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When rockets launch into space, they require a vast amount of propellants to make it out, and these fuels excrete carbon dioxide, water, chlorine and other chemicals into the atmosphere. These emissions go right into the upper atmosphere, and could stay there for years. Even water injected into the upper atmosphere – where it can form clouds – can have warming impacts. Most distressingly, the ozone layer can be destroyed by the combination of elements from burning fuels.
“For one long-haul plane flight it’s one to three tons of carbon dioxide [per passenger],” Eloise Marais, an associate professor of physical geography at University College London, told the Guardian, “For one rocket launch it’s 200-300 tonnes of carbon dioxide carrying 4 or so passengers – close on two orders of magnitude more,” according to Marais.
New figures estimate that the space tourism market is estimated to reach $2.58bn in 2031, growing 17.15% each year of the next decade. This makes curbing the industry’s environmental impacts especially crucial.
Failure to Launch? Most space transportation has focused on transporting cargo to the International Space Station and satellite launch services. Lately, private companies have turned to in-space transportation, planetary explorations, crewed missions, suborbital transportation and space tourism.
Some find it dispiriting that billionaires have been pursuing private space travel — and pumping greenhouse gases into the atmosphere in the process — when they could be funneling this money into improving life here on Earth. For instance, the former US Labor Secretary Robert Reich tweeted last week: “Is anyone else alarmed that billionaires are having their own private space race while record-breaking heatwaves are sparking a ‘fire-breathing dragon of clouds’ and cooking sea creatures to death in their shells?”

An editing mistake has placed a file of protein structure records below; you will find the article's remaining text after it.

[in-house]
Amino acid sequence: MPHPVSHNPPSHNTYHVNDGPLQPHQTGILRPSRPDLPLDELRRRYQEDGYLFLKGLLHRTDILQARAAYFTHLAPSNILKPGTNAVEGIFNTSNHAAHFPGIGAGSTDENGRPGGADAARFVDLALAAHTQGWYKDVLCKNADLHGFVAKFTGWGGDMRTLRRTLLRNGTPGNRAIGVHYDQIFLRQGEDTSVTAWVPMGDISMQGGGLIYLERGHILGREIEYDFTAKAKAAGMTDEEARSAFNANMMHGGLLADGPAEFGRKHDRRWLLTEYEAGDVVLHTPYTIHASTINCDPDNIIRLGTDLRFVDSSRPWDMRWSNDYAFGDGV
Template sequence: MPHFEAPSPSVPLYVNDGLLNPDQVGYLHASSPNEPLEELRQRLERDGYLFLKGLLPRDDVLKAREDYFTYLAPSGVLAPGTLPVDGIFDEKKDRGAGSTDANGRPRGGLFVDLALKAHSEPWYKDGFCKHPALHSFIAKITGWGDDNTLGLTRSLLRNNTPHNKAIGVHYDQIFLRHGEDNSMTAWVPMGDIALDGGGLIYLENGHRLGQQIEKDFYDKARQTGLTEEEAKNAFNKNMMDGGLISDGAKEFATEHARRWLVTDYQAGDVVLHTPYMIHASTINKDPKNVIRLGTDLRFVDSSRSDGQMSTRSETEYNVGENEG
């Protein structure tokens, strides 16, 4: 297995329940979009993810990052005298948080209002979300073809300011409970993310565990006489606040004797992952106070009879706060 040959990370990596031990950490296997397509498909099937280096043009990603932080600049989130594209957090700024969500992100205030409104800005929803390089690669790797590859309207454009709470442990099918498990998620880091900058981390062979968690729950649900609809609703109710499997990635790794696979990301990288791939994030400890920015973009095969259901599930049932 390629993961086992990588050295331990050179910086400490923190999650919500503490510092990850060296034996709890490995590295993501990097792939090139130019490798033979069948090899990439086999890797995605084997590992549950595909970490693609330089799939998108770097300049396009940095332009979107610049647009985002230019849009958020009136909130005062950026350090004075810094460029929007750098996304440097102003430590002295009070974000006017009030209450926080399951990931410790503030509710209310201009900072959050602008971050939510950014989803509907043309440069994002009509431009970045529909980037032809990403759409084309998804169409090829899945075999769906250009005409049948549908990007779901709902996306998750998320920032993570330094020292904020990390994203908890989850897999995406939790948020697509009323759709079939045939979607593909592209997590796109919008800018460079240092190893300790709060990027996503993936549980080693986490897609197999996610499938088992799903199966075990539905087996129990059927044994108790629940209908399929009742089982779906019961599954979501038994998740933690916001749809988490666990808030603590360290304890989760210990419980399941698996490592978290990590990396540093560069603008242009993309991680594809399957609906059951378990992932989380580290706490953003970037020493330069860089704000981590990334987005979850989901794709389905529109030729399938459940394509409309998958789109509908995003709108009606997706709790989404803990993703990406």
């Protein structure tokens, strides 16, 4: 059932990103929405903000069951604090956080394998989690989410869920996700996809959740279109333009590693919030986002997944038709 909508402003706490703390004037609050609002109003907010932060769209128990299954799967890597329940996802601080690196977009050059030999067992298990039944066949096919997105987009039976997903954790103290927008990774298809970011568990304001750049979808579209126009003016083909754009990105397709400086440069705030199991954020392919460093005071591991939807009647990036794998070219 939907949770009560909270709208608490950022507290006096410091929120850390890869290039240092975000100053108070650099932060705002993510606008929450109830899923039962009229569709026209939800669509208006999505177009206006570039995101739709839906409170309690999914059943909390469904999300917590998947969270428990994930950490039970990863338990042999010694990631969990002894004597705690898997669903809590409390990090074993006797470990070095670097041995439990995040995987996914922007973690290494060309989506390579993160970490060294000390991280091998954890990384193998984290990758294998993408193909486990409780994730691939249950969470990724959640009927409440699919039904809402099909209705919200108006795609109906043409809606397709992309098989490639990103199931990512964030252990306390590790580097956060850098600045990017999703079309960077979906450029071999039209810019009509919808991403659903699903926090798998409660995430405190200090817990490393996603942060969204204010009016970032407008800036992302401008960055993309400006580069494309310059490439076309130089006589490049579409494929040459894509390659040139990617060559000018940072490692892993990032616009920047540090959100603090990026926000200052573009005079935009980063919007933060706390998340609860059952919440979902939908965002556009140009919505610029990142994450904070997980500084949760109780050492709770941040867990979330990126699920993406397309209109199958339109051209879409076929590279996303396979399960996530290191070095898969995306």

Eloise Marais told the Guardian that it’s possible to have new developments in space technology without sacrificing environmental responsibility. She suggested that the space tourism industry should proceed with caution, even though there are currently no international rules around the kinds of fuels used and their impact on the environment.
“We have no regulations currently around rocket emissions,” she said. “The time to act is now – while the billionaires are still buying their tickets.”
By Natasha Lasky, ODP Staff Writer While going to space has been one big step for mankind, it could also be one big step backward for the environment. Tesla’s SpaceX Starship launched earlier this year, which triggered a fireball to explode on the launchpad. This explosion shot debris across the Boca Chica tract of the […]
“Arguably, the light bulb is the most transformative invention humans have introduced to this planet. But if light bulbs have a dark side, it’s that they have stolen the night.” Nadia Drake, a contributing writer for national geographic, says that losing our connection to the night sky is one of the world’s great tragedies. But now, […]
In the span of two weeks, two of the world’s richest men blasted off to suborbital space with the intended goal of promoting commercial spaceflight. This past week, Amazon founder and billionaire Jeff Bezos took his trip on Blue Origin’s New Shepard rocket. This prompted questions about the environmental impact of private space travel. The […]
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